Advanced provision is the practice of supplying oral EC in advance to ensure that EC will be available when needed and can be taken as soon as possible after unprotected intercourse. The context of advanced provision has shifted slightly as some EC products gained OTC status. Advanced provision remains an important concept for research; findings would have public health implications if studies determine that having EC on hand when needed reduces unintended pregnancy rates. Advanced provision is especially important for pharmacists to understand as it provides an opportunity to perform patient education about pregnancy risks and appropriate use of EC (eg, timing, dose).
Some information suggests that increasing the availability of EC is unlikely to yield a significant decrease in unintended pregnancy. A Cochrane review of 11 studies representing 7695 patients showed no decrease in pregnancy rates for studies with 12-month follow-up (OR 0.98; 95% CI 0.76–1.25), 7-month follow-up (OR 0.48; 95% CI 0.18–1.29), 6-month follow-up (OR 0.92, 95% CI 0.70–1.20) and 3-month follow-up (OR 0.49, 95% CI 0.09–2.74). In this analysis, advance provision did not increase rates of STIs, increase frequency of unprotected intercourse, or result in changes in contraceptive methods. Similar findings were seen in a systematic review of 17 studies.83 In another analysis of 74 women given immediate, free access to EC, women had more frequent sex or substituted EC for other more effective methods.84 Randomized trials and systematic reviews have demonstrated no increase in unintended pregnancy or abortion with EC, but data regarding incidence of STIs with increased access to EC is conflicting.85-92 Differences in state and federal policies may influence sexual practices, including higher rates of unprotected sex in states with their own policy changes.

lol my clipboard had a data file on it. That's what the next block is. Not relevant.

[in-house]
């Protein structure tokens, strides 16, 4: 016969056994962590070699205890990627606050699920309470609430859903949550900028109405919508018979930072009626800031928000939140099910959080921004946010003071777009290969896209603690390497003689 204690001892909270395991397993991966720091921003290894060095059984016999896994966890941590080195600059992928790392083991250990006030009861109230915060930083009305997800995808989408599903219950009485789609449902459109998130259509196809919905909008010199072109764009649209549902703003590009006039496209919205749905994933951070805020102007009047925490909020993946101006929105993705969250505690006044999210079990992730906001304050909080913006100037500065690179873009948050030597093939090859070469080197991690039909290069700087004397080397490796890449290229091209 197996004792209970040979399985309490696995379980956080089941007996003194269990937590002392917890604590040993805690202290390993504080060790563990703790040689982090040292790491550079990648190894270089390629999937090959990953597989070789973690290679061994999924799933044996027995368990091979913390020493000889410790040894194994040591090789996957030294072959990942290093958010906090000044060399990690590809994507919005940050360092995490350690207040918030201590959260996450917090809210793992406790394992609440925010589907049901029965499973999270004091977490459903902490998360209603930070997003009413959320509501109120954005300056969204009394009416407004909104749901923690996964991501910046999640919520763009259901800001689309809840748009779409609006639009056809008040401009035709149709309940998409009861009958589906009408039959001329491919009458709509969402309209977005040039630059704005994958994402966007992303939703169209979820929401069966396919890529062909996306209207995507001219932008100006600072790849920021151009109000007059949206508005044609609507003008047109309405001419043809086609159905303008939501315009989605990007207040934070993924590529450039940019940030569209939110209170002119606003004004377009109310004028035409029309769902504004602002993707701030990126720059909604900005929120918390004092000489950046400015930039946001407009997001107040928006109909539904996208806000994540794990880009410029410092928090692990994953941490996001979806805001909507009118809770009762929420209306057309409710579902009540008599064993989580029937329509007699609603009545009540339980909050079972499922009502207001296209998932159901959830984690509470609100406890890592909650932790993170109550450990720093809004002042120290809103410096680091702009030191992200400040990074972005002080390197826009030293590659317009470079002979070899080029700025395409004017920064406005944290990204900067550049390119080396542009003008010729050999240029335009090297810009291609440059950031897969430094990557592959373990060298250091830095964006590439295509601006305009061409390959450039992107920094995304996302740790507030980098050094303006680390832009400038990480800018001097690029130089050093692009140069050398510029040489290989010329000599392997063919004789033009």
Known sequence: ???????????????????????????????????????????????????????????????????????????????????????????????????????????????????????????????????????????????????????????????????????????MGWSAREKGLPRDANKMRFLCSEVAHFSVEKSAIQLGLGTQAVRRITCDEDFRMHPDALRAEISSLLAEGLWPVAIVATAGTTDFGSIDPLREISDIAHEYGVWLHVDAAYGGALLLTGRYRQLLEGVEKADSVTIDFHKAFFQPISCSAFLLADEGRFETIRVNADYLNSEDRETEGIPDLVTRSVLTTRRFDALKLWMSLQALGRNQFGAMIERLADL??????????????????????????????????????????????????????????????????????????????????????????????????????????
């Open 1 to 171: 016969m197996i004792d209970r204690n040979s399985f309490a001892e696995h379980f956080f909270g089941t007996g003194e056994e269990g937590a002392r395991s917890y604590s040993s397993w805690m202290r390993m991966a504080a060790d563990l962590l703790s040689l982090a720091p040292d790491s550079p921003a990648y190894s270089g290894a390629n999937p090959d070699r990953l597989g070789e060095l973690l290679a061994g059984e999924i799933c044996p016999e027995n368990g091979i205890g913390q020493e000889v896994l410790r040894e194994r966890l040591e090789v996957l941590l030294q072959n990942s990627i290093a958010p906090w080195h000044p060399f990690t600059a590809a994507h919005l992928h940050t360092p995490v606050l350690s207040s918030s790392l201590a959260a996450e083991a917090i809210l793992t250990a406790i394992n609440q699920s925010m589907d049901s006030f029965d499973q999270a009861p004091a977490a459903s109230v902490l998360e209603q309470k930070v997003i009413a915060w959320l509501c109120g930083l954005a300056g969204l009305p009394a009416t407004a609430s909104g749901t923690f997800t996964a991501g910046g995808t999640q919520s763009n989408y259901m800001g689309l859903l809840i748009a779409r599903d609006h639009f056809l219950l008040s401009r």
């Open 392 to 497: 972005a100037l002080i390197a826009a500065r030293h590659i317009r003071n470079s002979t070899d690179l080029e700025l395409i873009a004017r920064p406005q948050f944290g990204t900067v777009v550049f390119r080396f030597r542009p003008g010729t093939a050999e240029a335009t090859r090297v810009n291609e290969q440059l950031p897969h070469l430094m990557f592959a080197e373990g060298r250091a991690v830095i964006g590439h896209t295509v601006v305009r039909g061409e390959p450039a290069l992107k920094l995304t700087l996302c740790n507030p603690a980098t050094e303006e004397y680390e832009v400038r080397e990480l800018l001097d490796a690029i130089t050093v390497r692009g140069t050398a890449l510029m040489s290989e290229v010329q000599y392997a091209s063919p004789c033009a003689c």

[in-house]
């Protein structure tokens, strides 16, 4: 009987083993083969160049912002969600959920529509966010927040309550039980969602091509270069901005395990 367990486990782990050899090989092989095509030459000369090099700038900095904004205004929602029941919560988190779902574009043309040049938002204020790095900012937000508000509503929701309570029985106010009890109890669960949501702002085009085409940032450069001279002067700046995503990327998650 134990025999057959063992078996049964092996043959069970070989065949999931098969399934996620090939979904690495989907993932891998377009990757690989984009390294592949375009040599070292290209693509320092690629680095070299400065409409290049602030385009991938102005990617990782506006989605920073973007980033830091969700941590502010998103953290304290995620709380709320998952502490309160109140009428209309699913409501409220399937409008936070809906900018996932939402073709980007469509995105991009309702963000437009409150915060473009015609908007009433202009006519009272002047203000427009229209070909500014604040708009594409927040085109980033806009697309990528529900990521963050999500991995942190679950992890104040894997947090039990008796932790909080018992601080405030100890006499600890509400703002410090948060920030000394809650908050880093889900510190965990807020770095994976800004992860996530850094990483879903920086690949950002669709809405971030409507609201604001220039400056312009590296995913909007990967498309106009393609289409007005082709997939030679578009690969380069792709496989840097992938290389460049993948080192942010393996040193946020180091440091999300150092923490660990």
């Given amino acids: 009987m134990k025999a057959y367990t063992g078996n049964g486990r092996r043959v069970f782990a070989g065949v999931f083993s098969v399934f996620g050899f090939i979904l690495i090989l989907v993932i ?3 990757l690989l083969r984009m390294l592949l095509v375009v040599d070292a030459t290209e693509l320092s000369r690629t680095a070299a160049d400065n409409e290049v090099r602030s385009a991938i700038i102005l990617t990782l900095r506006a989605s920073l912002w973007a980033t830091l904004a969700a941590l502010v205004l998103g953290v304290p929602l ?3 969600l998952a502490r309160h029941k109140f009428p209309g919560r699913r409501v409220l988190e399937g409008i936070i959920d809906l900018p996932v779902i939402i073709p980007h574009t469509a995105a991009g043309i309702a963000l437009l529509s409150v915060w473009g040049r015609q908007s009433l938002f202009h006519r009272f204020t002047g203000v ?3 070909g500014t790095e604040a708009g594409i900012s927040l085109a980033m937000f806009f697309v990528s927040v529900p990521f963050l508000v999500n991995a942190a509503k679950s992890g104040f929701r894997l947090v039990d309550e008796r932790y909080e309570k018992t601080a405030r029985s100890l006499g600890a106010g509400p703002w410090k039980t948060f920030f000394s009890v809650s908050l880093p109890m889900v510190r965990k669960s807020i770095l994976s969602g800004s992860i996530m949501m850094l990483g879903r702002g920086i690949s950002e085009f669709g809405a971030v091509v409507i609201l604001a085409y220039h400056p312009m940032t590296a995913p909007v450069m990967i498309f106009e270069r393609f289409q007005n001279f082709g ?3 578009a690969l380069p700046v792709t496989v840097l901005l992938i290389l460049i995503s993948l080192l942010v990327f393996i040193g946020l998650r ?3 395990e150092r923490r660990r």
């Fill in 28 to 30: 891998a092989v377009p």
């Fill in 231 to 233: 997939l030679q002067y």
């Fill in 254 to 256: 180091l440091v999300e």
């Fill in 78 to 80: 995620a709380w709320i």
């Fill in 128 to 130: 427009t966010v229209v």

COUNSELING ABOUT EMERGENCY CONTRACEPTION
While up to 86% of adolescent women have heard of EC, many incorrectly identify how it works, how it can be obtained, or when it can be administered.93-95 Studies emphasize the importance of the pharmacist’s ability to communicate effectively with patients about appropriate EC use. When properly counseled, patients have positive attitudes and high satisfaction with the EC information they receive.96
A tiered approach to EC counseling has been suggested to improve knowledge and provide information in a way that patients prefer.97,98 This approach encourages providers to present information about efficacy in categories or tiers for typical use (eg, order of effectiveness), even when all options are not available at the provider’s location. Providers can also discuss when EC needs to be used, how to use EC, and where it can be obtained with patients.98 EC is not intended to be a routine form of contraception because many more effective and affordable methods are available. There are no long-term data about the efficacy or safety of various EC regimens when used frequently or repeatedly over long periods of time. A systematic review of 15 studies found that LNG 0.75 mg given multiple times per cycle caused no serious adverse events.99 This provides reassurance that using LNG EC as often as needed is safe. Repeated use of UPA has not been studied at the EC dose (30 mg) but administering 5 mg to 10 mg for several weeks to treat uterine fibroids appears safe and well-tolerated.100 The product information for UPA EC recommends against using the product more than once in the same cycle. If subsequent EC is needed, a copper IUD is the preferred form of EC. If an IUD is not possible, LNG EC may be acceptable.